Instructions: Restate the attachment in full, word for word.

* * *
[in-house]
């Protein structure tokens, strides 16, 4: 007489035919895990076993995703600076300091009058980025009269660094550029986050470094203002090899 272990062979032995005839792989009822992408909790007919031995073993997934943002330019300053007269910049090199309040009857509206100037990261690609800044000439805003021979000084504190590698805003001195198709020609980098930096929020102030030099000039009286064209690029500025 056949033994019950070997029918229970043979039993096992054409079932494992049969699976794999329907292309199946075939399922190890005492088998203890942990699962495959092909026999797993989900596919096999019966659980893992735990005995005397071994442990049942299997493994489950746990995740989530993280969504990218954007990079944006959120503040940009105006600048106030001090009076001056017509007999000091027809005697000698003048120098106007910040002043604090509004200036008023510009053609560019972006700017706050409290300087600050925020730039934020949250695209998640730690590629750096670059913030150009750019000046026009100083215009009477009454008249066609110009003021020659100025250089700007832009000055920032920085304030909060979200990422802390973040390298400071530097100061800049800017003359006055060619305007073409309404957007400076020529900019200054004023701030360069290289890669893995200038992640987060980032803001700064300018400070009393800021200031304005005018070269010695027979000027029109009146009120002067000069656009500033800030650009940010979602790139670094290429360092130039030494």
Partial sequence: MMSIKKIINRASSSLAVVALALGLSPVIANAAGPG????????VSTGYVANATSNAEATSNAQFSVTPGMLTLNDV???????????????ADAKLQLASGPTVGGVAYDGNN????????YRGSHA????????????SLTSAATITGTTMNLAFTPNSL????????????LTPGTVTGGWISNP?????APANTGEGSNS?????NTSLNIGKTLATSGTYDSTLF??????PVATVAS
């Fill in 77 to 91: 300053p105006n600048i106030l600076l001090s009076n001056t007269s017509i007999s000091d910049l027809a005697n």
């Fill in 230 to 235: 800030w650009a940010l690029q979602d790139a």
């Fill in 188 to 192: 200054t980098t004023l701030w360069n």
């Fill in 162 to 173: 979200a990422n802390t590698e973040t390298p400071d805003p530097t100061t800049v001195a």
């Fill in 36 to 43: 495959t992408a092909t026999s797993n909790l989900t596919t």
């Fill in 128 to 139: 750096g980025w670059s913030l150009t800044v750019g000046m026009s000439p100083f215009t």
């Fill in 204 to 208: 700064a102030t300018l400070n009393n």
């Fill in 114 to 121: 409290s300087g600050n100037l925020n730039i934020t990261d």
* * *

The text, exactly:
[in-house]
């Protein structure tokens, strides 16, 4: 007489035919895990076993995703600076300091009058980025009269660094550029986050470094203002090899 272990062979032995005839792989009822992408909790007919031995073993997934943002330019300053007269910049090199309040009857509206100037990261690609800044000439805003021979000084504190590698805003001195198709020609980098930096929020102030030099000039009286064209690029500025 056949033994019950070997029918229970043979039993096992054409079932494992049969699976794999329907292309199946075939399922190890005492088998203890942990699962495959092909026999797993989900596919096999019966659980893992735990005995005397071994442990049942299997493994489950746990995740989530993280969504990218954007990079944006959120503040940009105006600048106030001090009076001056017509007999000091027809005697000698003048120098106007910040002043604090509004200036008023510009053609560019972006700017706050409290300087600050925020730039934020949250695209998640730690590629750096670059913030150009750019000046026009100083215009009477009454008249066609110009003021020659100025250089700007832009000055920032920085304030909060979200990422802390973040390298400071530097100061800049800017003359006055060619305007073409309404957007400076020529900019200054004023701030360069290289890669893995200038992640987060980032803001700064300018400070009393800021200031304005005018070269010695027979000027029109009146009120002067000069656009500033800030650009940010979602790139670094290429360092130039030494």
Partial sequence: MMSIKKIINRASSSLAVVALALGLSPVIANAAGPG????????VSTGYVANATSNAEATSNAQFSVTPGMLTLNDV???????????????ADAKLQLASGPTVGGVAYDGNN????????YRGSHA????????????SLTSAATITGTTMNLAFTPNSL????????????LTPGTVTGGWISNP?????APANTGEGSNS?????NTSLNIGKTLATSGTYDSTLF??????PVATVAS
């Fill in 77 to 91: 300053p105006n600048i106030l600076l001090s009076n001056t007269s017509i007999s000091d910049l027809a005697n």
């Fill in 230 to 235: 800030w650009a940010l690029q979602d790139a």
């Fill in 188 to 192: 200054t980098t004023l701030w360069n």
């Fill in 162 to 173: 979200a990422n802390t590698e973040t390298p400071d805003p530097t100061t800049v001195a």
């Fill in 36 to 43: 495959t992408a092909t026999s797993n909790l989900t596919t």
């Fill in 128 to 139: 750096g980025w670059s913030l150009t800044v750019g000046m026009s000439p100083f215009t």
């Fill in 204 to 208: 700064a102030t300018l400070n009393n």
């Fill in 114 to 121: 409290s300087g600050n100037l925020n730039i934020t990261d």